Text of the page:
Big Baby Q and Smokehouse

Before I came to St. Louis, I lived in North Carolina. I want to stay in this city; however, there are things I desperately miss about North Carolina. Asheville—a free spirited, hippie outpost in the Bible Belt. The scenery, from the Blue Ridge Mountains to Oak Island. But above all else, I miss amazing, easily accessible barbecue.

All things considered, St. Louis is a pretty good place to land if you're jonesing for smoked meats. Places like Pappy's, Bogart's and Sugarfire routinely gain national attention for their barbecue. But there's a new BBQ joint steadily earning acclaim, Big Baby Q and Smokehouse.

The small restaurant is located in a suburban strip mall in Maryland Heights. It's a family operation run by Ben Welch, chef and former restaurant consultant, and his father, Bennie. On the line, Ben's straight to the point, so know what you want when you get to the counter. Bennie is happy to answer any questions and clearly wants you to have the best possible experience. Their interactions, with each other and the customers, are part of the charm of dining in at Big Baby Q. You have every right to take your order to go, but just know you're missing the show.

I stopped by Big Baby Q for lunch a little while ago, and as soon as I took a bite of my sides, mac-n-cheese and mustard potato salad, I was instantly back in North Carolina. They tasted exactly like the the little BBQ shacks I delighted in eating at in the Tar Heel State, which is high praise. Unfortunately, the collard greens were sold out by the time I got there. I guess I'll just have to try  again...

The main event, though, was the brisket and pulled pork sandwich. I opted for the 8 oz. sandwich, which is a hell of a lot of sandwich. I regret nothing, though.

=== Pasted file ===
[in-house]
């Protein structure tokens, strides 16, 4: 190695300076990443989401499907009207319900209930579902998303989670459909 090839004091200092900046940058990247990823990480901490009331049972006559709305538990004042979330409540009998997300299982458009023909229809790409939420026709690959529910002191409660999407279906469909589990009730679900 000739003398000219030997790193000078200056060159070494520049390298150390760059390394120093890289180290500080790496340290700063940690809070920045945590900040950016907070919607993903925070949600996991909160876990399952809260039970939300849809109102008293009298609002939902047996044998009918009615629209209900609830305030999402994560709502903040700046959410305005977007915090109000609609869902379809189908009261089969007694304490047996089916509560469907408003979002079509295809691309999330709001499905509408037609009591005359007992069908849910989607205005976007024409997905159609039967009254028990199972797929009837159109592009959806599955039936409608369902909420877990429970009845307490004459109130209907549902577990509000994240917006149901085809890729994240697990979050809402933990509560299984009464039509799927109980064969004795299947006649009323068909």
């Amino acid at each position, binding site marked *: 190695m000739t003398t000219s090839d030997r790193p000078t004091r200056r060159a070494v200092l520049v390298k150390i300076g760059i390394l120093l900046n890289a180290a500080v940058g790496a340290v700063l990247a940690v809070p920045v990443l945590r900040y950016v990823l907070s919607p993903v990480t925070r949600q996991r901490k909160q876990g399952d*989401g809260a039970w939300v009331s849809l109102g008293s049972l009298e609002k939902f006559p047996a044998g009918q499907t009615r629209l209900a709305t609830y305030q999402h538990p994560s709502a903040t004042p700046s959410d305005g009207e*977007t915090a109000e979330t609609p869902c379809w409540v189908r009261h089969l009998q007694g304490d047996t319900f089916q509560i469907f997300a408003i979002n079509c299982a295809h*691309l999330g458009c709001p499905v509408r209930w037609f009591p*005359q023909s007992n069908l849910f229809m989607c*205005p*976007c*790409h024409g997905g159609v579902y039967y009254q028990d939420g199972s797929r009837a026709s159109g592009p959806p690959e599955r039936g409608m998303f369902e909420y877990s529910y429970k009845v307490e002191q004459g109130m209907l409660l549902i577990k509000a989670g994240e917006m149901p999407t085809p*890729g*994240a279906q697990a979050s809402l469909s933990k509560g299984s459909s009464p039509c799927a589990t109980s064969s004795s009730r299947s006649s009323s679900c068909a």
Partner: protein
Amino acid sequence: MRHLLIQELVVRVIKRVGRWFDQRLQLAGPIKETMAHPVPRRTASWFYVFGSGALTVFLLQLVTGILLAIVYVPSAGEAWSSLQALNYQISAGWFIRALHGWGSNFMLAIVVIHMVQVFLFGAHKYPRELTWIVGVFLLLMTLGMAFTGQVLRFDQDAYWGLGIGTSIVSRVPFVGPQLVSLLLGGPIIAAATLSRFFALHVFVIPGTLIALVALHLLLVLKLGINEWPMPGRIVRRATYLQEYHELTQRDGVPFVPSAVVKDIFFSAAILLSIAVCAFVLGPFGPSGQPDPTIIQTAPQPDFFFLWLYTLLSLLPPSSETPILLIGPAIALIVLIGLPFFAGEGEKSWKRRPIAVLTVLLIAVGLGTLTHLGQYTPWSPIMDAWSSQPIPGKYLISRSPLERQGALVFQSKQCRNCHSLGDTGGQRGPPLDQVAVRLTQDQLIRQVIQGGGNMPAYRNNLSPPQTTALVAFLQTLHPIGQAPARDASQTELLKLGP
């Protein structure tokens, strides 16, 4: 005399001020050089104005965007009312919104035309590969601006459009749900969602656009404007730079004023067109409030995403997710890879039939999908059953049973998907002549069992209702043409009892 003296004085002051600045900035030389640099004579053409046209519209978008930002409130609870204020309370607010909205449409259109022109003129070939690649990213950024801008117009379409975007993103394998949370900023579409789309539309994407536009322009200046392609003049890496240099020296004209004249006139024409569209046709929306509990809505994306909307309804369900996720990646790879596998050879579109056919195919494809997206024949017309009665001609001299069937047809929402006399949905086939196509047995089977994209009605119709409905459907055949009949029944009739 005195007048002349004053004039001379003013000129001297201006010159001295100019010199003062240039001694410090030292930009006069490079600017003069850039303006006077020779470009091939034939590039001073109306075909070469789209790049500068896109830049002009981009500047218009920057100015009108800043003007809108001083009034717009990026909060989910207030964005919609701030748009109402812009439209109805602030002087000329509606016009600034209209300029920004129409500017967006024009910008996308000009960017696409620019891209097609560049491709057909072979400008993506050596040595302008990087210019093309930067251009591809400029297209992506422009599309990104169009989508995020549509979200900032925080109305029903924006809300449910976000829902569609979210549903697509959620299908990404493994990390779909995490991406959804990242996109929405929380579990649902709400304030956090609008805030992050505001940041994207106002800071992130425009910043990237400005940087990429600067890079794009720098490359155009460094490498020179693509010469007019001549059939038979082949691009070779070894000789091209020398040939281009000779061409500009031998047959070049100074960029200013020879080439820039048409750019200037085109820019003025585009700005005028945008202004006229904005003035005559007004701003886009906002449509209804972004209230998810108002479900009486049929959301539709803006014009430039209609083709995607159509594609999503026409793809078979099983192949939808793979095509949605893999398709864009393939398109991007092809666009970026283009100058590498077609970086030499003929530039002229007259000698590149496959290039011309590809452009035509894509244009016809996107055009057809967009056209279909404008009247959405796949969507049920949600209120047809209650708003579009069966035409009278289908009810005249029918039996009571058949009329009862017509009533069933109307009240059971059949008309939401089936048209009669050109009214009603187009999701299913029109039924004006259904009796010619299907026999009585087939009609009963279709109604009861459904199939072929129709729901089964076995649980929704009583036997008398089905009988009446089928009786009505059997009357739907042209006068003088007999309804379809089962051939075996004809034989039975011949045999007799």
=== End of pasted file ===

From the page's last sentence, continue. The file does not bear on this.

The pork, as another reviewer noted, is not stringy and shredded to death. Rather, it's pulled coarsely so you get big chunks of pig, which are the best chunks of pig. Each piece seemed to have a good amount of char and rub that made for a balanced bite.

The pork also had just the right amount of oak-y smoke, unlike some places that smoke their meat to the point of tasting like a campfire. If I wanted that, I would just have some Scotch. And you'll note that's not exactly an acceptable lunch—unless you're Don Draper and it's also 1961.

With it, I opted for the mustard-based “Carolina Gold” sauce (yeah I'm one of those people). There are plenty of others from a “Sweet (House)” sauce to an “Alabama White” sauce with a little kick of horseradish to a “Korean” sauce.

Upon Bennie's recommendation, I used a little of the “Alabama White” with my brisket. Although I probably would have gotten it anyway because I love horseradish (also one of those people). The brisket was tender and had a crisp, rich bark. The tell-tale pink smoke ring bordered the bark, and again, the smoke was just right. It's that interplay between the juicy, milder meat and the crunchy, intense bark that you're looking for in brisket.

And I found it.

The brisket, pork and ribs are standouts, but the menu also features turkey breast, pastrami and pork steaks. If you're in a Man vs. Food mood, you can also get a heaping tray of BBQ nachos or the Herculean Big Baby sandwich, which is stacked high with brisket, turkey breast, pickles, coleslaw and two sauces. Just make sure to budget time for a quick post meal nap.

Big Baby Q and Smokehouse is definitely worth the drive out to Maryland Heights. When you get your food, don't be surprised if it starts feel more like North Carolina, though.